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Interest rates remain on hold


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Interest rates are unlikely to move any time soon with the Reserve Bank still concerned about the high Australian dollar.

The RBA today left the cash rate at a record low of 2.5 per cent, where it has been since August 2013.

In a statement accompanying the decision, governor Glenn Stevens retained his familiar line that the “most prudent course is likely to be a period of stability in interest rates”.

While acknowledging the currency’s recent depreciation, Mr Stevens said the Australian dollar was still overvalued.

“The exchange rate has traded at lower levels recently, in large part reflecting the strengthening US dollar,” he said. “But the Australian dollar remains above most estimates of its fundamental value, particularly given the further declines in key commodity prices in recent months.

“It is offering less assistance than would normally be expected in achieving balanced growth in the economy.”

CommSec economist Savanth Sebastian said the RBA’s November statement appeared to be a carbon copy of October’s, indicating interest rates would be staying put for a while.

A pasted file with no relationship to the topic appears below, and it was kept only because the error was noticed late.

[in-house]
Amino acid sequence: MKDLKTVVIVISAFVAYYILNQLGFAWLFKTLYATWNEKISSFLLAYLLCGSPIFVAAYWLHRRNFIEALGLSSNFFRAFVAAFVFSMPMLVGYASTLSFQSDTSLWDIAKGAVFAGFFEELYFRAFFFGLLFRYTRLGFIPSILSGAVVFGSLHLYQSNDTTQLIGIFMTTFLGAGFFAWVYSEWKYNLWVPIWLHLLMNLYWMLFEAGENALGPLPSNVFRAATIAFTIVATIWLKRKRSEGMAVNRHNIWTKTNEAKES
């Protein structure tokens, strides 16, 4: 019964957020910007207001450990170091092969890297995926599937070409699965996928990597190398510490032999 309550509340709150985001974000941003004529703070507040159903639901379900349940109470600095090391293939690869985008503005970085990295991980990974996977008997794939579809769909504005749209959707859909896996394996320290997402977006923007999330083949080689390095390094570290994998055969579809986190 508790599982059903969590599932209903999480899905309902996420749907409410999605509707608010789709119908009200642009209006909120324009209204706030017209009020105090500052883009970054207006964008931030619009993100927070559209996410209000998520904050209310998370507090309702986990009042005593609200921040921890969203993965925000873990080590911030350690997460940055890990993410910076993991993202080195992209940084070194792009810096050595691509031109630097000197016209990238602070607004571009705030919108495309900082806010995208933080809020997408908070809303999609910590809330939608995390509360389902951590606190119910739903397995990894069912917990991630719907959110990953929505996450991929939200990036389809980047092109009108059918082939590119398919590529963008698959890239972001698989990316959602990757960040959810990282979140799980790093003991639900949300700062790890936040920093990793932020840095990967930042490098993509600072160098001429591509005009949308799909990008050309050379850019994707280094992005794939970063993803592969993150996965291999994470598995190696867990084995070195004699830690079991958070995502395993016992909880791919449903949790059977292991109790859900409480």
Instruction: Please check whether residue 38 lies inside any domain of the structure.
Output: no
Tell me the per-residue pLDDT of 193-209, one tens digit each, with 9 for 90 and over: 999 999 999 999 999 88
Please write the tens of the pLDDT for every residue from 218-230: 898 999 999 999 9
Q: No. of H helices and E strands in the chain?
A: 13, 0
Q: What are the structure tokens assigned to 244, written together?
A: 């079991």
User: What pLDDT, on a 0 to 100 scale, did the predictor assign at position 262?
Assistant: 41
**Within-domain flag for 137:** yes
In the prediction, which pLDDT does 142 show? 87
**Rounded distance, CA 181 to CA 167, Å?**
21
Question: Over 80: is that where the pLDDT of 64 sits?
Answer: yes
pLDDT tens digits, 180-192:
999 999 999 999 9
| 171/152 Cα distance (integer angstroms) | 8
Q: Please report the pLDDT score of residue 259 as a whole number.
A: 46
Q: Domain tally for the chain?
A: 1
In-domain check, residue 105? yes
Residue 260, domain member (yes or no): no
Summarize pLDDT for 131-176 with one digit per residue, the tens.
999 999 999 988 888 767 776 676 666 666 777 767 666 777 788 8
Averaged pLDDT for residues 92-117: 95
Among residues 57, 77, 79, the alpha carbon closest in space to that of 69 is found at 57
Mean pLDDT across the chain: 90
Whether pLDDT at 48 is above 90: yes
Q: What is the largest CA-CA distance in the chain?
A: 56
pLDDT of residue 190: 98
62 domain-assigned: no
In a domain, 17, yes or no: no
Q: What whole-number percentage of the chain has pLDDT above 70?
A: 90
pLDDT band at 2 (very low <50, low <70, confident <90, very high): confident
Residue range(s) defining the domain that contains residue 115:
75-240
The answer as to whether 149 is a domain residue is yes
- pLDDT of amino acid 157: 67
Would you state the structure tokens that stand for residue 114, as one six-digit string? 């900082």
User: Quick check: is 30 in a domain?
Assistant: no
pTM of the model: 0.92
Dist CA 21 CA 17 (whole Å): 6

“What it does highlight is that the Reserve Bank is comfortable on the interest rate sidelines and doesn’t believe it needs to let the market know of any significant changes to its views on the economy,” Mr Sebastian said.

He said the RBA appeared to remain uncomfortable with the level of the Australian dollar.

“The Reserve Bank seems more comfortable with the currency being in the low 80s (US cents) than the high 80s and I think that’s something they will continue to discuss in commentary,” he said.

“I think one thing they’ll continue to highlight is that it is hampering the rebalancing efforts across the economy. There’s not much they can do to push down the currency but, certainly, they can continue to jawbone and talk it down.”

The rate has remained unchanged since August 2013, but 12 of the 14 economists surveyed by AAP before this afternoon’s RBA announcement predicted there will be a rate hike sometime in 2015.

HSBC chief economist Paul Bloxham said the record low cash rate was doing its job, but it was also creating risks in the housing market as home prices surged.

“After a long period in which Australia was building mines and too few houses, there is now a strong pipeline of housing construction,” he said.

The RBA is working with regulators on potential changes to lending rules to address the rapid rise in loans to housing investors, who are pushing up prices and making it more difficult for owner occupiers and first-home buyers.

Bloxham said the introduction of new regulations to put a lid on housing prices in Sydney and Melbourne will allow the RBA the keep the cash rate unchanged until mid 2015.

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